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If you've visited Facebook this week you may have seen a post (or two) appear in your newsfeed warning that the social media site is going to institute a fee for users to keep their profiles private.
The message encourages users to copy and paste the text (not share) and post it if they want to be exempt from the fee.
It seems harmless enough, but it's actually a hoax and it could set you up for future scams.
Facebook identified the post as a fake on Monday.
This particular hoax has circulated the Internet in several variations since 2009 and continues to attract unsuspecting users.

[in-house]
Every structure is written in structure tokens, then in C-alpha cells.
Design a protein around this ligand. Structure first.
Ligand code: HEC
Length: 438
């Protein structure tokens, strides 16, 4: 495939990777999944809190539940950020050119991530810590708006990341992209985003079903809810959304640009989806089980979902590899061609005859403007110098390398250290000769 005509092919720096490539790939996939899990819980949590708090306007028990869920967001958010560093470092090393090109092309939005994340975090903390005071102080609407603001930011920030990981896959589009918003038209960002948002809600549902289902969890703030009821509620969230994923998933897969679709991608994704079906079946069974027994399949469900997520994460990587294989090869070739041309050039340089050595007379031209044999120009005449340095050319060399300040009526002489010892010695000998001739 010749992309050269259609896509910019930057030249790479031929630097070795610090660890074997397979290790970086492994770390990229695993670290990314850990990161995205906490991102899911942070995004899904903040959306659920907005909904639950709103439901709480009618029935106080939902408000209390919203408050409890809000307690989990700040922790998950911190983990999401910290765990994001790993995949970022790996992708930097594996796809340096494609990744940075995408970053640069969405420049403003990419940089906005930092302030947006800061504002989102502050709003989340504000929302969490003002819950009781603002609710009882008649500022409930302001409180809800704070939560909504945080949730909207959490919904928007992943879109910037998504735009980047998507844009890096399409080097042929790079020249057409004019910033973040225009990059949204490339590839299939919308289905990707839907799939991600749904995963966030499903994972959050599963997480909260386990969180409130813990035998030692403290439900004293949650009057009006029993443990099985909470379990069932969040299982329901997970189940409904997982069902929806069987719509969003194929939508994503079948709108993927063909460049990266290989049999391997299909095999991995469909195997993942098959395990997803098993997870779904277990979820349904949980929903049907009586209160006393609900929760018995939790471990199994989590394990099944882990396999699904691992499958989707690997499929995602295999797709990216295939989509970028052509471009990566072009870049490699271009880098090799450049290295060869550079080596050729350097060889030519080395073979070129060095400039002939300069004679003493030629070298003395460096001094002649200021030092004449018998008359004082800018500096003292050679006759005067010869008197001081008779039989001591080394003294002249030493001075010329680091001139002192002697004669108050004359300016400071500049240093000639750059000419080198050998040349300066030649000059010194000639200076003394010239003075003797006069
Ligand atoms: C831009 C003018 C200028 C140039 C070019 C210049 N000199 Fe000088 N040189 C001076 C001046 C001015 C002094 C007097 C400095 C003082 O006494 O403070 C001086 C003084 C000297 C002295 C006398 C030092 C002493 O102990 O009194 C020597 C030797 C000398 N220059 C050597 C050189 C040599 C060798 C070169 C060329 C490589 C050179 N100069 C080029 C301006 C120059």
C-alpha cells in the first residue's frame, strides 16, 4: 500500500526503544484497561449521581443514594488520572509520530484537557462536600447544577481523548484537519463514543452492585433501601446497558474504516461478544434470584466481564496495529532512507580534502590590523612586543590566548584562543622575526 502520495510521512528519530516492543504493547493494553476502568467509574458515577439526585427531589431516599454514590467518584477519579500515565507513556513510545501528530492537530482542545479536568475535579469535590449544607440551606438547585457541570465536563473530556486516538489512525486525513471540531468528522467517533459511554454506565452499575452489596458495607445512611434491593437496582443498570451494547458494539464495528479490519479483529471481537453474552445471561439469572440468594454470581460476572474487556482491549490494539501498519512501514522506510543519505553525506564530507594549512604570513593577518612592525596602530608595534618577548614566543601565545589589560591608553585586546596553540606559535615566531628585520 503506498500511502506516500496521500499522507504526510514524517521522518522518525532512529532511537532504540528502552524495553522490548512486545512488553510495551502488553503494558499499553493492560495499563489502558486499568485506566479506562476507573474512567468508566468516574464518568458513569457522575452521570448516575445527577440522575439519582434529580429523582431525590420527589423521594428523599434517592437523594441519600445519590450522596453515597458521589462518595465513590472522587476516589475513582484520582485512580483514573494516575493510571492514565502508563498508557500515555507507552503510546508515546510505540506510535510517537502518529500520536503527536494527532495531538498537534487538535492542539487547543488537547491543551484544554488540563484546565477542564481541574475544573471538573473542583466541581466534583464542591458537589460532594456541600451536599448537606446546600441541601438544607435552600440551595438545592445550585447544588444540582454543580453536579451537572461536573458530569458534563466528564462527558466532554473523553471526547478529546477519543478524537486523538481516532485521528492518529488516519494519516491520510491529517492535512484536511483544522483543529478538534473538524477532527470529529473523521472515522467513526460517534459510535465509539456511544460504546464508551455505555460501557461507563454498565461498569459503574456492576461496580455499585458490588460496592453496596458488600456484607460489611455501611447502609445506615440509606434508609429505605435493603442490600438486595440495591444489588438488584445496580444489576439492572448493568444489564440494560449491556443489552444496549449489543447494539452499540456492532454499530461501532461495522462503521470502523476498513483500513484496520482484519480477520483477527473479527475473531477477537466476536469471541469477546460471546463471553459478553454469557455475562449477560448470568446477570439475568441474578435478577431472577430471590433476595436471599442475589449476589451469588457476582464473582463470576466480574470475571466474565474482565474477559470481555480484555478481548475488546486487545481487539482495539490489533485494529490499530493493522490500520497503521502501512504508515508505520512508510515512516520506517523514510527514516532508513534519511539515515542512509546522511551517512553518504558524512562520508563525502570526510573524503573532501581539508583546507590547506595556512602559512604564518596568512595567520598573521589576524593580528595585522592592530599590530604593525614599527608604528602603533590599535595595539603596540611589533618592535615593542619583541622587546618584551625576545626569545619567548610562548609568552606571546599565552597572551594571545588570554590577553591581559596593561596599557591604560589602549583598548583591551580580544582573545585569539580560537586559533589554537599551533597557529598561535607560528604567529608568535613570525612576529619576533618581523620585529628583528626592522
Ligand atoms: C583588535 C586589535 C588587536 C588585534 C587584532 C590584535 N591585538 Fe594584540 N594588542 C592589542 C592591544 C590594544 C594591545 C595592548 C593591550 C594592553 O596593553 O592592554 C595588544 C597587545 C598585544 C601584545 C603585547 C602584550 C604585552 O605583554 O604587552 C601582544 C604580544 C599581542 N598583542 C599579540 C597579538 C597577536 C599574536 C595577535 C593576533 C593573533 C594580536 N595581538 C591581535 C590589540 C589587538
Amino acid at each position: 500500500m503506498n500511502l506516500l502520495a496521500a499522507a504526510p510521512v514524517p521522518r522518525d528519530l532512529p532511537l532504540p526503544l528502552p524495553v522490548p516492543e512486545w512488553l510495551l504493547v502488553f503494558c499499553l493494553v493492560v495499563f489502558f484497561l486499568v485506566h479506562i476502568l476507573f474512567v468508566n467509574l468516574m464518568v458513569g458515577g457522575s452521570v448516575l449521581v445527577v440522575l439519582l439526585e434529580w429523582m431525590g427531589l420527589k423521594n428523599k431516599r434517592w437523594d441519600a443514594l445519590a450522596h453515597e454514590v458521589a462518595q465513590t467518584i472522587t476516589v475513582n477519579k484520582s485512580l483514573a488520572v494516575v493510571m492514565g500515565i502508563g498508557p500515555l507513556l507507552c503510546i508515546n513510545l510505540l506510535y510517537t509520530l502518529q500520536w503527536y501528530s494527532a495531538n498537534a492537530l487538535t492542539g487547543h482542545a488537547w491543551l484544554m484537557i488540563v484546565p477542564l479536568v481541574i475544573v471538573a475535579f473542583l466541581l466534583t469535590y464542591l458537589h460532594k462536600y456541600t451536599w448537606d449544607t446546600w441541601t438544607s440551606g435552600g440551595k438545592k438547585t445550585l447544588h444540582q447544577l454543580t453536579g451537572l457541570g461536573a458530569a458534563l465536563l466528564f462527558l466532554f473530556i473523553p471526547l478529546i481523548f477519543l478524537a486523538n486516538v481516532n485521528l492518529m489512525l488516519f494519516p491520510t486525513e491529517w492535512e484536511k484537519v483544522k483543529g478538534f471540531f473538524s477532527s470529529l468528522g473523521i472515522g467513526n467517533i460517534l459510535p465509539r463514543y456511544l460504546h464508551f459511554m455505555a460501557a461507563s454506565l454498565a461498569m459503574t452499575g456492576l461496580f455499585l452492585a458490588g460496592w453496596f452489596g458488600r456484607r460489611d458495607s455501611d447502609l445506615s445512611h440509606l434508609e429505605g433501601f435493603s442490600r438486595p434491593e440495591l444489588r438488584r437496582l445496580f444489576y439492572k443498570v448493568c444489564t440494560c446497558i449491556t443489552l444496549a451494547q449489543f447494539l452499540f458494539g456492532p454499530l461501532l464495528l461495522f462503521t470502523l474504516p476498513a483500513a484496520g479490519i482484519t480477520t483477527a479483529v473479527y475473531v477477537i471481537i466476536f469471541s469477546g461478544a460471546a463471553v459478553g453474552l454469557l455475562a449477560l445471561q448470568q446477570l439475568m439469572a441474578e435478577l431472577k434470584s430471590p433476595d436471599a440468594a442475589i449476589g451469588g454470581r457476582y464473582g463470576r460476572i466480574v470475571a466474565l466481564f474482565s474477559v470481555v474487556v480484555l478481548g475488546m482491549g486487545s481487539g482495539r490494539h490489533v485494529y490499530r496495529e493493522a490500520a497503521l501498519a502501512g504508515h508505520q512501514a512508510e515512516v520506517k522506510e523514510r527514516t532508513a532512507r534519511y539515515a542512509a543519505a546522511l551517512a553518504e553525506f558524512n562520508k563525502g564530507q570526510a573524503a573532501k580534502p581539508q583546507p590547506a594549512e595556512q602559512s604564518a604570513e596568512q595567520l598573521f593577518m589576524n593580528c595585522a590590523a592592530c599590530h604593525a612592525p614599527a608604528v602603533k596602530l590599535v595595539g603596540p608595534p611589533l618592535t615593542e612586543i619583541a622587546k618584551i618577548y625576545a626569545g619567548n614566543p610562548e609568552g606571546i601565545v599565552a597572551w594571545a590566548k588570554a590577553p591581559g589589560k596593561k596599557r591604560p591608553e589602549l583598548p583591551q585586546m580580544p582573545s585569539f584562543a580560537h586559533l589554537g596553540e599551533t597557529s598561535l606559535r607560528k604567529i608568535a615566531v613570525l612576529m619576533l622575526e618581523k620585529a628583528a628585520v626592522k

While liking a post or photo will not spread a virus or steal a user's information, subscribing to a page or clicking on links could pose a threat. Scammers can use these pages to spread malware, trick users into sharing personal information and to collect published data from profiles.
More than 25,000 people responded to the fake Disney post and more than 40,000 users interacted with the page pretending to be United Airlines, according to The Consumerist.
Posts from companies advertising special giveaways are not uncommon, but could be fraudulent. Always look for the fine print or links to participation guidelines.
There are specific rules that businesses must follow when offering a contest. Whenever a company issues a promotion it is paired with a lengthy terms and conditions statement. The next time you see an advertisement for a sweepstakes pay close attention to the all of the supplementary material that they are require to provide.
In addition, major companies will likely be verified users, as indicated by a check mark in a blue circle on their page.